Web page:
Here is a brief timeline of events.
On Saturday morning I listened with great interest to the announcements of the results of the Labour leadership contest. I raised an eyebrow at the announcement of Mr. Corbyn’s win, and sipped on my coffee before continuing with whatever it was I was working on. I then listened to his acceptance speech. A fine speech, and in a sense there was nothing at all that I could particularly disagree with. We all want to live in a fairer more decent world, with more homes for people and so forth. However he did rather go out of his way to make great of the point that we should be open and welcoming and decent to refugees; nothing inherently wrong with that either; Britain has been doing that for years. But there was no mention of the word “migrant”. And the tone is often the key. I rather gained the impression what this was coded language for: we should live in a world without borders and adopt an entirely open door policy to everyone at all times. Another million former Labour voters alienated there, I mused. And carried on.
On Sunday morning I was up early and read Dominic Lawson’s piece in the Sunday Times. The previous week he had argued (rationally and in measured terms) that Britain’s policy towards asylum seekers or migrants if you will from Syria had been fundamentally more moral and effective than encouraging and accepting high levels of migration across the Mediterranean. In this week’s piece he wrote that he had expected to be, as it were, ritually slaughtered at the altar of public opinion. But far from it, he had had an almost universally positive response. And numerous polls of public opinion reveal real concern about the levels of migration and want very little part of it. Those attending rallies and throwing their doors open wide are, in fact, the minority.
I pause here to record that I have extreme sympathy for anyone fleeing civil war in Syria – I would too. There seem to be a large number of families, often of talented and decent people who simply want to get out of a hell hole. Of course we should help. How is the issue, and at what costs to ourselves and to Syria, if most of its educated population flees never to return. Later on Sunday morning I heard that Munich, which been so welcoming of many thousands of refugees, was in distress. That’s very interesting, I thought. And it seemed more people were on the way.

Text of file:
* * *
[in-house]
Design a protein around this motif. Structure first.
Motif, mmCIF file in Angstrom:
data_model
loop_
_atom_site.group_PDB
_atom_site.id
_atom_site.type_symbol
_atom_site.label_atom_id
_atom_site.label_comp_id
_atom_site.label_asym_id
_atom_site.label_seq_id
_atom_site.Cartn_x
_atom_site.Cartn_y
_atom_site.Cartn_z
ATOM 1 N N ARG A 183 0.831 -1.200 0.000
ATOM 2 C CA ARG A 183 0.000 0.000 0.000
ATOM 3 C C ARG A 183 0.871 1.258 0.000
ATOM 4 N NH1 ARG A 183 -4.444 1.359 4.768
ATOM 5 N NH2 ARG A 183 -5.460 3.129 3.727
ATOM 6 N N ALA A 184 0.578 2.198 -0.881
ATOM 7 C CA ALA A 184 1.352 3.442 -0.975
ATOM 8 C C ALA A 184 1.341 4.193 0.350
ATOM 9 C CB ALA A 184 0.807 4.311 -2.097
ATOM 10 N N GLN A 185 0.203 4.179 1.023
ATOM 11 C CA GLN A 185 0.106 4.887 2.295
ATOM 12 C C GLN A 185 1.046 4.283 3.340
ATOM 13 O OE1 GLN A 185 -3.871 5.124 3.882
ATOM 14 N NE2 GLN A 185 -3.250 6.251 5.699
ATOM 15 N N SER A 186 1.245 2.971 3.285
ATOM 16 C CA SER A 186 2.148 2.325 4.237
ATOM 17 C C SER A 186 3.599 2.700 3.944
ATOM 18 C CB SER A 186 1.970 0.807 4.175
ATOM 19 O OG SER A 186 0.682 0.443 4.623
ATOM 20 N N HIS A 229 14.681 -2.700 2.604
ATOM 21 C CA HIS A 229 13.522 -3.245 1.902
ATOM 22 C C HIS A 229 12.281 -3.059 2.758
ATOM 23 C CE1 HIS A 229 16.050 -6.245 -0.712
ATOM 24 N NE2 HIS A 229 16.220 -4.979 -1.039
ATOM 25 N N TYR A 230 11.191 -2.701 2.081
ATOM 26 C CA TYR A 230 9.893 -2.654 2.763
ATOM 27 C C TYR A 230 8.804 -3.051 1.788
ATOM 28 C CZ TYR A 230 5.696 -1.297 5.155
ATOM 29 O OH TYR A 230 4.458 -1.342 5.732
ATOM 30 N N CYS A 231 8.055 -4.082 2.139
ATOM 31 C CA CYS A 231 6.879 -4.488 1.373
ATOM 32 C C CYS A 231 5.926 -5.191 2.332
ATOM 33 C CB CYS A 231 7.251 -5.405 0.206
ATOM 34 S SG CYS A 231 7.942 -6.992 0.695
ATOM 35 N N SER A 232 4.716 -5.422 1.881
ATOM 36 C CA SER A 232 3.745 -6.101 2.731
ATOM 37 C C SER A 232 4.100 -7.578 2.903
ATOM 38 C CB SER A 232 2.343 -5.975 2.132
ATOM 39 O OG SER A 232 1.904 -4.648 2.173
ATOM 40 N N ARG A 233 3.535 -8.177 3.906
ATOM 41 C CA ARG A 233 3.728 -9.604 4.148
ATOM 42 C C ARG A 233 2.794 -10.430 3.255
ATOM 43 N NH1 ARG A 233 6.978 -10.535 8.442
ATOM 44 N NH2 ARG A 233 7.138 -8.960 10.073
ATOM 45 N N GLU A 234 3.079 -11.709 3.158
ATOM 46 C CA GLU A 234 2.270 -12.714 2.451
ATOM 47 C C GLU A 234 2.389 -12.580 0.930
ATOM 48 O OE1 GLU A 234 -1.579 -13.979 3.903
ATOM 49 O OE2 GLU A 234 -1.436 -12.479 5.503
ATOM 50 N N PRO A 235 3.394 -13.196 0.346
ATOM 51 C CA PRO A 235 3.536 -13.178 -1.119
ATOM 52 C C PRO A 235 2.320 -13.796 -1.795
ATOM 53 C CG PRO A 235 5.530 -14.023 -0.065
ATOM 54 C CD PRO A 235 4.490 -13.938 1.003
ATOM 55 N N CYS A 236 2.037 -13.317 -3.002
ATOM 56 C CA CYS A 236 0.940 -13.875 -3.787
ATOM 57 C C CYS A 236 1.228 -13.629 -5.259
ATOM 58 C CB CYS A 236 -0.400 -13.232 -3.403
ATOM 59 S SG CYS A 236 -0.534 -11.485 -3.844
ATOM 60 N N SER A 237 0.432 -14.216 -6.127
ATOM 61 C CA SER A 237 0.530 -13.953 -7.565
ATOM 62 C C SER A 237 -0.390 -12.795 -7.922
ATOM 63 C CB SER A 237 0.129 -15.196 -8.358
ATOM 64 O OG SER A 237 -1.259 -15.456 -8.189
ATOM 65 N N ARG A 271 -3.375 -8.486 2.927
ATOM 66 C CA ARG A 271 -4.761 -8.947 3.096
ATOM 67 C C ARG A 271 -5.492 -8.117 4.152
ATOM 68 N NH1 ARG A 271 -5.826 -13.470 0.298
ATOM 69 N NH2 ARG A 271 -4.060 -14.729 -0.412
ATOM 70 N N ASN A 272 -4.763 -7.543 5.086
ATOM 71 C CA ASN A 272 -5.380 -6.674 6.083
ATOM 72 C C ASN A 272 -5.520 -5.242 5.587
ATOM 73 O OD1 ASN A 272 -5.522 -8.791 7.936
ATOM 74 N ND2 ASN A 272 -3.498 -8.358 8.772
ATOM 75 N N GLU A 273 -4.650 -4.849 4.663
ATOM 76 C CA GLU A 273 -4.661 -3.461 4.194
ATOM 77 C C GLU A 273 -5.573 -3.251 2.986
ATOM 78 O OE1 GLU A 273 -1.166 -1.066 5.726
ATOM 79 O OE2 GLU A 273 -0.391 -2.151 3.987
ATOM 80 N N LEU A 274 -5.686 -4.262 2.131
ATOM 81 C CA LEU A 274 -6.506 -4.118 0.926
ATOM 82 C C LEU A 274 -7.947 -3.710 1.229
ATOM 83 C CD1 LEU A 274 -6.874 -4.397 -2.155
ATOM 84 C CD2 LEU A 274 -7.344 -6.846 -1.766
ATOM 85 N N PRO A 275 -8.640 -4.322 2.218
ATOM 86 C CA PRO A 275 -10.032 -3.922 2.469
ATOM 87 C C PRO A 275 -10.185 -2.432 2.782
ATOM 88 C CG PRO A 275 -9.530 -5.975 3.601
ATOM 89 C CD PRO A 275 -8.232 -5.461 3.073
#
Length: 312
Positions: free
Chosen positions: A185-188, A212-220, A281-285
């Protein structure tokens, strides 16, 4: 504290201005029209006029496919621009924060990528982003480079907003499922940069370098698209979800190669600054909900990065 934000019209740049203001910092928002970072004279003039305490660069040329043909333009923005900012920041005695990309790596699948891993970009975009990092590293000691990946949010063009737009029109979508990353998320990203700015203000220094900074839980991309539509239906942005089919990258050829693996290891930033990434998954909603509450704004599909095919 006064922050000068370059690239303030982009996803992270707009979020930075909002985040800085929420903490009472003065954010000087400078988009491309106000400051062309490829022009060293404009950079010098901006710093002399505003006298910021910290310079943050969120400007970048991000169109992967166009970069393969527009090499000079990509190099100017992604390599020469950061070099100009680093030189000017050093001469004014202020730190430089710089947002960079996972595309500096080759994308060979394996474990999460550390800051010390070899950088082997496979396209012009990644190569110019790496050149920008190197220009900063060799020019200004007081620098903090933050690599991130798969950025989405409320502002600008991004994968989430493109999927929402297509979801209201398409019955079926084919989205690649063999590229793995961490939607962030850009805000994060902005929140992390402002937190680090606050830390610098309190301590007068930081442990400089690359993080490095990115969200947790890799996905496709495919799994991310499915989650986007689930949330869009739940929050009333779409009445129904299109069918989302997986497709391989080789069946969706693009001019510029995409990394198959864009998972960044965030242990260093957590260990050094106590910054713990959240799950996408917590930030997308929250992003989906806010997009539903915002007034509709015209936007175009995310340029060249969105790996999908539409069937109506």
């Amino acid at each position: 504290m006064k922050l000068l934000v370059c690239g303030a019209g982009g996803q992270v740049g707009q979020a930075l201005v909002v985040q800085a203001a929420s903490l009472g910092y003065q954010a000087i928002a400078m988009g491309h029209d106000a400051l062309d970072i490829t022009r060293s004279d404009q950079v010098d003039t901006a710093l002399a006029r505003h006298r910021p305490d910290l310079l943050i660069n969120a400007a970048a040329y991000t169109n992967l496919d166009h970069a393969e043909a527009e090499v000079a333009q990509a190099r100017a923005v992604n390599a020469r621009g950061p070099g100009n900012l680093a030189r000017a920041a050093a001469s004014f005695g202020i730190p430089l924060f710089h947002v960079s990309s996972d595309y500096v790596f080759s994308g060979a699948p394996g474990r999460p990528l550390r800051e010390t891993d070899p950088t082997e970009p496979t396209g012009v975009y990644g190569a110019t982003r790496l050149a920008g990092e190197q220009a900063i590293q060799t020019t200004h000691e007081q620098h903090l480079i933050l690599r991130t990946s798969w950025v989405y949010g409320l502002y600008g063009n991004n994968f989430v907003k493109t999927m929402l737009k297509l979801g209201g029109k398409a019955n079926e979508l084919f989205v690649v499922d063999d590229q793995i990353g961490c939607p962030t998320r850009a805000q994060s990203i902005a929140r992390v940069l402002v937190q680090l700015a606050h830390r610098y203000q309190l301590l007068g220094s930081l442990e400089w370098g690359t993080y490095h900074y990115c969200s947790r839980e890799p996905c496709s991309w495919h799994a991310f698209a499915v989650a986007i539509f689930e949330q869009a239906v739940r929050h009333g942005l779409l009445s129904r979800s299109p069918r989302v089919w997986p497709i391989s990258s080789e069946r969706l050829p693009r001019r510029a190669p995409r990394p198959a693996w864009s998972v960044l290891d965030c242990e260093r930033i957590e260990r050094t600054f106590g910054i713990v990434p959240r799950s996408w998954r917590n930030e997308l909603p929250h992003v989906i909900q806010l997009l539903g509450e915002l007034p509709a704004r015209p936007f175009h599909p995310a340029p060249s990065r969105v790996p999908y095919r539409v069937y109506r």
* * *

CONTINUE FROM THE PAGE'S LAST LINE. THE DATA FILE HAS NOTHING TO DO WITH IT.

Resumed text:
In the afternoon I took the train up to my local big city to buy some books. The city was indeed bustling and busy, but I couldn’t help noticing that there was an undercurrent that I didn’t like. There seemed to be more people sleeping begging and sleeping rough, busking, often pitifully badly, with one bloke even just standing on his head in yoga pose to get attention, more strange behaviour from people who one would describe as mentally inform, and many more languages being spoken than I remember from years gone by. A chance encounter with an acquaintance elicited that he too had noticed the much increased number of people sleeping rough and begging.
On the train there and back I dipped into “social media” or to be precise, Twitter, I now get Wi-Fi on the train, and although I do not know what that is, it means I can see a lot more messages a lot more quickly. What I kept noticing troubled me. I genuinely try to keep a balanced “time line” and keep away from politics – I have no need of the added stress of bickering with trolls. I like cute pictures of cats or cartoons, that sort of stuff. But what I was getting – not all the time but a lot – were references to social strife and trouble from migrants, and frankly anti-migrant demonstrations and even violence which were not being reported in the mainstream media. Please understand I am not trying to justify any violence by anyone against anyone else, but these reports were out there. It felt like one of those standard scenes in a film when they are cranking it up for some sort of social collapse when they always cut to different cities and show riots taking place, just ready for the World Government to step in and impose martial law. That’s a bit strong, but there was this constant undercurrent and the complaint that it was not being reported. Was I being paranoid?